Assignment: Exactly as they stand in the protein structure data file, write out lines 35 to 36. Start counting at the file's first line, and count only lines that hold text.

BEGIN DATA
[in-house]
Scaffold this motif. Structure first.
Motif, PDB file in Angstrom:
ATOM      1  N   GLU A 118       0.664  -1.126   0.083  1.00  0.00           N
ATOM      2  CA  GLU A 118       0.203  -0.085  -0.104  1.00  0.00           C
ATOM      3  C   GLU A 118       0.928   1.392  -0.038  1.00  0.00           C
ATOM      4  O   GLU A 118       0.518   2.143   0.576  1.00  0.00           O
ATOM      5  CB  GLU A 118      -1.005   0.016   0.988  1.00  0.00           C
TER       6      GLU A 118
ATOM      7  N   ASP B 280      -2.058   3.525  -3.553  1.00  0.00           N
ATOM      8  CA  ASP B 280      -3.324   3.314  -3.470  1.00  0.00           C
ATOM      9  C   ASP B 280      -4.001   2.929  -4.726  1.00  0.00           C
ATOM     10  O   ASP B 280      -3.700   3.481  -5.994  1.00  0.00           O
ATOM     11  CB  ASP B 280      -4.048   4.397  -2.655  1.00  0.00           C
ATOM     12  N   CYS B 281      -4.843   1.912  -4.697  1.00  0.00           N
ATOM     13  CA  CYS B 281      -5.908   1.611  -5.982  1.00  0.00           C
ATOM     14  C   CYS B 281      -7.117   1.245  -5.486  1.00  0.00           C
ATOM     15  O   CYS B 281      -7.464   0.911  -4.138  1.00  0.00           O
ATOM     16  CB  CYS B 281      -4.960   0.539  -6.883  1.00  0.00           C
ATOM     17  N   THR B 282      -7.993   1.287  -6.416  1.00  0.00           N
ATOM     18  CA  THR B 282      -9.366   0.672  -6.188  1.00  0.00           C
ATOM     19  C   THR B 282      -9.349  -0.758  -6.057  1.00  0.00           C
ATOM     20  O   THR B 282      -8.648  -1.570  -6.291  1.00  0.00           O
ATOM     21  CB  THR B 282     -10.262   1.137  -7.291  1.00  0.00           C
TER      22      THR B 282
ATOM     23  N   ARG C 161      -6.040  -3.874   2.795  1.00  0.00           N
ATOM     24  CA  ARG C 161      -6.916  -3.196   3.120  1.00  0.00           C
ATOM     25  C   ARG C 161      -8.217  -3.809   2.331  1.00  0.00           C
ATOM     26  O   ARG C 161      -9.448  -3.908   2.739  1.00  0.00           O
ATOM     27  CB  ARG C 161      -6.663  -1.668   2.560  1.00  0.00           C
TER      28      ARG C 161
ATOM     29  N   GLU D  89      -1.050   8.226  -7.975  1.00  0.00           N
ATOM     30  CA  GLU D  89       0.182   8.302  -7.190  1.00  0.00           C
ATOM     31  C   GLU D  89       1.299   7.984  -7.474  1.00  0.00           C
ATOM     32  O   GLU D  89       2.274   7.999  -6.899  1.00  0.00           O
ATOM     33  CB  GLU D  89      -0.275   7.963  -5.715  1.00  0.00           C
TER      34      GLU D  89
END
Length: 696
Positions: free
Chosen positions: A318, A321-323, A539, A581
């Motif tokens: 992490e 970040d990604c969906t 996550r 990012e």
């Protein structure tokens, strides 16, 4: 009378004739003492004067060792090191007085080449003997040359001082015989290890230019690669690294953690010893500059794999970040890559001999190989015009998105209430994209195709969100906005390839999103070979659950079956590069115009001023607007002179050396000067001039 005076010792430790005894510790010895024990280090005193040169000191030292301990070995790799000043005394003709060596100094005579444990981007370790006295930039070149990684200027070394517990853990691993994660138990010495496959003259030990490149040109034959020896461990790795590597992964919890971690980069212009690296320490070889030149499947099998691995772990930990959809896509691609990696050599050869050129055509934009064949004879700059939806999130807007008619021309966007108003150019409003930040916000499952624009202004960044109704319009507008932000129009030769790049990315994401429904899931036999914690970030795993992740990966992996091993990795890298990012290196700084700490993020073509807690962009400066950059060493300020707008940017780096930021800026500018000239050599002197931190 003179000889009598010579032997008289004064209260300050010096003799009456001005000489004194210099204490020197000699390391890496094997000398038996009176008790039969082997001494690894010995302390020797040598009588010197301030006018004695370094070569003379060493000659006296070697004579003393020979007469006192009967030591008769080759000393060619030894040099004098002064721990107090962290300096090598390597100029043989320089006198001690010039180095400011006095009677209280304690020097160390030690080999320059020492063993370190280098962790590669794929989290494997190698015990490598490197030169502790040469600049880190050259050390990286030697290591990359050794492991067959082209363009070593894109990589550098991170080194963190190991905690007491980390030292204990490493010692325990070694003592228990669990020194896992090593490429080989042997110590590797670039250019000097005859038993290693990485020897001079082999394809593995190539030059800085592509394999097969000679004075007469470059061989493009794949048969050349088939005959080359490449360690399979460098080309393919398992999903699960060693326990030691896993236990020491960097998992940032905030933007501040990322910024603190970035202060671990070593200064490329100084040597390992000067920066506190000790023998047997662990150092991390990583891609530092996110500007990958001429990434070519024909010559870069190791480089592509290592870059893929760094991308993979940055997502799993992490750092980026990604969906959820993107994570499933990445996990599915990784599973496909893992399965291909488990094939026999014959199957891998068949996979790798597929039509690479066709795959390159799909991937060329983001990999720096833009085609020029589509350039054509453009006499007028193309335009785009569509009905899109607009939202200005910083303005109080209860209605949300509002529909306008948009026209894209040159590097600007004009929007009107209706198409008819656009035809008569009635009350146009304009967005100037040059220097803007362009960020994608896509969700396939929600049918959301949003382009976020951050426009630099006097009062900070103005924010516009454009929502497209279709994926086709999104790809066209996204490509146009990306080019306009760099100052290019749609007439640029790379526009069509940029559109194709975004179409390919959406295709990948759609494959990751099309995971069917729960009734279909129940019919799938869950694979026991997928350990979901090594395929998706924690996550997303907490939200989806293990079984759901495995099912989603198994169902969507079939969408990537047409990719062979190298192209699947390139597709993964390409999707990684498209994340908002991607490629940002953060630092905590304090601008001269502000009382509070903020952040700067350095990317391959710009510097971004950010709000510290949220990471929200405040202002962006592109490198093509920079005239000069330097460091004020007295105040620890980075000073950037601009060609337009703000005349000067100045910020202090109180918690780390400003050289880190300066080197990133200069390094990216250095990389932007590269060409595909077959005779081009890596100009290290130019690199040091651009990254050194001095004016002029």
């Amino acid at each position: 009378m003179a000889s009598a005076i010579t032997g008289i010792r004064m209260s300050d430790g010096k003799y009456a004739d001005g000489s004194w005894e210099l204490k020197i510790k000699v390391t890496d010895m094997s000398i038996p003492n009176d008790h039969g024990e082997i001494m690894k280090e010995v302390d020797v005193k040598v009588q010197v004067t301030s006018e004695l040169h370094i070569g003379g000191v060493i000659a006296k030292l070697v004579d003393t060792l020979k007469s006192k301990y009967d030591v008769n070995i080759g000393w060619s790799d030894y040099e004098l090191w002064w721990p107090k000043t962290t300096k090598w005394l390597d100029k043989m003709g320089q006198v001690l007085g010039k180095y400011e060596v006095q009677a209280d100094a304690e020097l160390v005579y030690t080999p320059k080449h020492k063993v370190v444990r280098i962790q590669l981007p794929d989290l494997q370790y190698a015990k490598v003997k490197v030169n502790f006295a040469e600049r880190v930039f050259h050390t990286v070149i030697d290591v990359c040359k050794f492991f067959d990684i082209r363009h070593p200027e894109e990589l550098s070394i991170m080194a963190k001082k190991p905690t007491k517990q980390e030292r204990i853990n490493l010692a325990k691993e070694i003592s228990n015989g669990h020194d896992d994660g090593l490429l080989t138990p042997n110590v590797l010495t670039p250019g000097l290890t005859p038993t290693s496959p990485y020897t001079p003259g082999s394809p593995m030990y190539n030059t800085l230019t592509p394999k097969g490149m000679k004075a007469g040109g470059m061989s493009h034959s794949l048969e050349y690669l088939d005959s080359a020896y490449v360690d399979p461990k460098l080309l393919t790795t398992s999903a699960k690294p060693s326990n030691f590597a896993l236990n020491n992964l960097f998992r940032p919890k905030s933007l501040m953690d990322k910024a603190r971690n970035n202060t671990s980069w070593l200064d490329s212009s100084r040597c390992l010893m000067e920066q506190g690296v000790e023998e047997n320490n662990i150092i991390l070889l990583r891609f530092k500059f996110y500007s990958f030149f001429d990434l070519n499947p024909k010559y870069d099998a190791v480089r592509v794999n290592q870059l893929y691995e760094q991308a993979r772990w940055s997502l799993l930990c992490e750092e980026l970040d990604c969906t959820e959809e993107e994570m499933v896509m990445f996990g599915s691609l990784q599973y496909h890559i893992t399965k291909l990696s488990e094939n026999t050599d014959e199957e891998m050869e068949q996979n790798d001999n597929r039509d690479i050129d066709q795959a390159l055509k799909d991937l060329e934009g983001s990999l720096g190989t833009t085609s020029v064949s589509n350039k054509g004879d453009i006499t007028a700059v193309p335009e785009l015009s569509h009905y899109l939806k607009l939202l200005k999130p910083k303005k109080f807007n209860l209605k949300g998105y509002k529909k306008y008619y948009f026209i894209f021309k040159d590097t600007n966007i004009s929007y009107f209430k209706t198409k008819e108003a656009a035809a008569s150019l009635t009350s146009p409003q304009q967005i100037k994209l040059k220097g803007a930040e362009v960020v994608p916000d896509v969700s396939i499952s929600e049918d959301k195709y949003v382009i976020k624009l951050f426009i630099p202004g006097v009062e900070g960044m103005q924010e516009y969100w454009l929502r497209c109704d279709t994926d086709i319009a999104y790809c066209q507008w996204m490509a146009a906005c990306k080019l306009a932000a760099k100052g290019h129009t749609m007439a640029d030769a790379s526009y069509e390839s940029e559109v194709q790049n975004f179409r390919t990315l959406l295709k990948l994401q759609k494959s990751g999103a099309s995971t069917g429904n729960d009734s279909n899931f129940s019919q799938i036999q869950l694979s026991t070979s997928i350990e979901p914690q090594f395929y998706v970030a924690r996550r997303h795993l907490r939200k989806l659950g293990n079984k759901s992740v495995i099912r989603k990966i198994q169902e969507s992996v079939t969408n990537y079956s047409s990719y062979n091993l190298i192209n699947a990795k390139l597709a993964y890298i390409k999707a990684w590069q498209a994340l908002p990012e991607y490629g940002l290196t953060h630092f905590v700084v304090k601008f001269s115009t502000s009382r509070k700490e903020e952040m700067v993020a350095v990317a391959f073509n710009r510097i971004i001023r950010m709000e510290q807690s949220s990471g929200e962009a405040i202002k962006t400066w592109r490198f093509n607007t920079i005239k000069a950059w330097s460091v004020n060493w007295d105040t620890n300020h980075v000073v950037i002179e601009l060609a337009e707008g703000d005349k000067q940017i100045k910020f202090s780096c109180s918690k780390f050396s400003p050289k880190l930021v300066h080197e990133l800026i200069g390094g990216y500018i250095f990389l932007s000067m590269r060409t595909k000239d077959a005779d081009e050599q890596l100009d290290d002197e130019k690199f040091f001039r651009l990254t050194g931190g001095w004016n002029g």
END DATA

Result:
ATOM     32  O   GLU D  89       2.274   7.999  -6.899  1.00  0.00           O
ATOM     33  CB  GLU D  89      -0.275   7.963  -5.715  1.00  0.00           C